Losing a loved one is one of the hardest journeys that we will face in life. Sometimes there is no one to turn to and you need to find that person who can help you, especially as you yourself have your own roller coaster of emotions to work through. Honouring the religious beliefs of your loved one brings responsibility. This sentiment holds true for those of us who are Hindu including those who are religious or spiritually-minded.
When it comes to arranging a funeral, there can be so many expectations and lots of voices telling you what to do, when to do it, how to do it and the list is just endless.
We want to honour our loved ones in the ‘right way, the way that follows the right tradition. But many of us aren’t sure of the correct way to do this.
I have written this article in response to many people that have contacted me asking for guidance. I am Hindu Brahmin and an experienced Hindu Celebrant who understands the expectations after the cremation.
The Hindu Belief
The Hindu belief is that if a deceased’s ashes are laid in the Ganges at Varanasi, their soul will be transported to heaven and escape the cycle of rebirth. Over time more and more families are adopting rivers in the UK as respectful places to carry out this ceremony. Many families choose to scatter directly into the sea as this has flow too.
You can choose to scatter the ashes from a boat or the shoreline/riverbank.
Reincarnation is central to Hindu beliefs, this concept called moksha is very profound. The immersion of the ashes in water is central to this.
What Do You Include in a Hindu Funeral?
Here is a list of what can be included but it is not a final list. You may have your own ideas and I would be happy to listen to them and see how we could make them happen.
Readings / Mantras/ Shloks
This can be from a holy book, a book that was loved, a poem, or a song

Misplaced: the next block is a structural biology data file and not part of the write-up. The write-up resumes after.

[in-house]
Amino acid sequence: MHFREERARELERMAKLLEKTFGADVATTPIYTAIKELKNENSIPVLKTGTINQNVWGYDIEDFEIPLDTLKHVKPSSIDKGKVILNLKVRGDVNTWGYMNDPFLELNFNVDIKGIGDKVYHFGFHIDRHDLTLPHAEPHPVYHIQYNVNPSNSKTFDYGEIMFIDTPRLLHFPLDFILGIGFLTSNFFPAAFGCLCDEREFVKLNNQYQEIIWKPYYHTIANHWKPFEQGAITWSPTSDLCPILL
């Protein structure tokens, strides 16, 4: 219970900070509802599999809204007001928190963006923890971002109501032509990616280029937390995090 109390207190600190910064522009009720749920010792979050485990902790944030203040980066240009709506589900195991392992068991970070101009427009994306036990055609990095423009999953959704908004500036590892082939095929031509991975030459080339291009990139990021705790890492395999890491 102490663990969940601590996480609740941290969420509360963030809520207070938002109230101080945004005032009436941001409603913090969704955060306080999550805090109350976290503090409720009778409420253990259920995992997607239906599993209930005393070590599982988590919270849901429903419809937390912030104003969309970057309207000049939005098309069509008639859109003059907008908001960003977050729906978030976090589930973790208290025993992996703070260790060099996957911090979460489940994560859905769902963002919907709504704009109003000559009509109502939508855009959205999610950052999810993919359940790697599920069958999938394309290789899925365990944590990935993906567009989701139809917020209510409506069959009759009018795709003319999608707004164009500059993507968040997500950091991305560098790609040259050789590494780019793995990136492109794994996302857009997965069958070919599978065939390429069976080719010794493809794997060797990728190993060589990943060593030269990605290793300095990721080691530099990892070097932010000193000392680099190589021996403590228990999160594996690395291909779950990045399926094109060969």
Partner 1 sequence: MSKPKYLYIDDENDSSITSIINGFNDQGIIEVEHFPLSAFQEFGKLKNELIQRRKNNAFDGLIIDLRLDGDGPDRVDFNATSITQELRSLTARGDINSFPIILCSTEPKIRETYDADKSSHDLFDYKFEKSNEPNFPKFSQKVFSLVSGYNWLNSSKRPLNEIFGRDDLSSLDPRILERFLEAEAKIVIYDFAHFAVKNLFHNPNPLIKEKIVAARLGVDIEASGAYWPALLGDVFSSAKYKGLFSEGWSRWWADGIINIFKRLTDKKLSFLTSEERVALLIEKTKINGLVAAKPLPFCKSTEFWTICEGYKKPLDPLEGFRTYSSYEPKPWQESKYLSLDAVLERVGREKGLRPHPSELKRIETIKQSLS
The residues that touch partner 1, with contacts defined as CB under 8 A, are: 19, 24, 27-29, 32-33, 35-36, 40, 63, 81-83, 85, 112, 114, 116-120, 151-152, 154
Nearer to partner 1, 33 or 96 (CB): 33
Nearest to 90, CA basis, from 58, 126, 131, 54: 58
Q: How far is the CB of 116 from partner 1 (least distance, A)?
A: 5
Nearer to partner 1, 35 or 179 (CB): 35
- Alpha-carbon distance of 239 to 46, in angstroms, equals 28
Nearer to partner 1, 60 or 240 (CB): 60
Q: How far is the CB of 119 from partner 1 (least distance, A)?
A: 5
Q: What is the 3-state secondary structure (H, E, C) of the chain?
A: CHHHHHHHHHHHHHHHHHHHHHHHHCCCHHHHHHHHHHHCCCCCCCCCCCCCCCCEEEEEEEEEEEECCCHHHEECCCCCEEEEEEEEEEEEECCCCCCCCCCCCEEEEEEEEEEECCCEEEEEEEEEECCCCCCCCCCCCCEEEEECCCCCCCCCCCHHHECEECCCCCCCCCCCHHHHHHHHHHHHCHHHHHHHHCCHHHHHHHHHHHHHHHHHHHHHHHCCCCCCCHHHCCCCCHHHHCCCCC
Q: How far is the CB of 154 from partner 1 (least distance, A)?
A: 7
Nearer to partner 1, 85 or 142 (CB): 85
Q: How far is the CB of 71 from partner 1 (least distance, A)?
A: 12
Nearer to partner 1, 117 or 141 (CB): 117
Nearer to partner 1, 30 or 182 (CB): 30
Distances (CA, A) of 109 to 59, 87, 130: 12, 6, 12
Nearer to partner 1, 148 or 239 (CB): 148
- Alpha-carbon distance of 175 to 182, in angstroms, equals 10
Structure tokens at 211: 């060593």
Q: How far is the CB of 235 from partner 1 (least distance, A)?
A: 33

This can be recorded music or live musicians. I can bring my own musicians.
If it’s live music, I can sing prayers and if it’s a song, bhajan, or hymn I know, I would be happy to sing it for you
Conducting a Puja Ceremony including:
- Camphor is widely used in Hindu religious ceremonies. as Hindus worship the holy flame by burning camphor. We can also light a diva/tea light.
- Loban Incense (Agarbathi) – We can light an Agarbatti, circle it around the area and say a prayer
- Guggal (Gokul) – creates a spiritual atmosphere, it is used with ghee and burned in a full flame fire. It has a lovely fragrance but can be too much for people with allergies.
- Unity Candle – depending on how many people you can all light a candle each and then when you have placed the urn in the water, and you are ready you each blow out your candle.
- Biodegradable Urn – we can place this in the water. either one person or together hands touching the urn or each other’s shoulders.
- Floating Candles which are biodegradable
- Dry Flowers
Further Information On How to Carry Out An Ashes Puja Ceremony
The Hindu scattering of Ashes booklet that I wrote with Scattering Ashes will guide you through what you need to know: what the law says, the practicalities, and how to carry out an ashes puja ceremony.
As a Hindu Celebrant, I will work with you to help you decide what you would like to do to scatter the ashes in a way that marks respect for your loved one. This may be religious or a more spiritual farewell. My role as your Celebrant is to listen to your ideas and share my thoughts.
Together we will create a final farewell that is symbolic and respectful to the departed.
I am based in London but can travel to suit your needs.
Do reach out and let me help you through this difficult time. Visit www.sonaldave.com or email me at firstname.lastname@example.org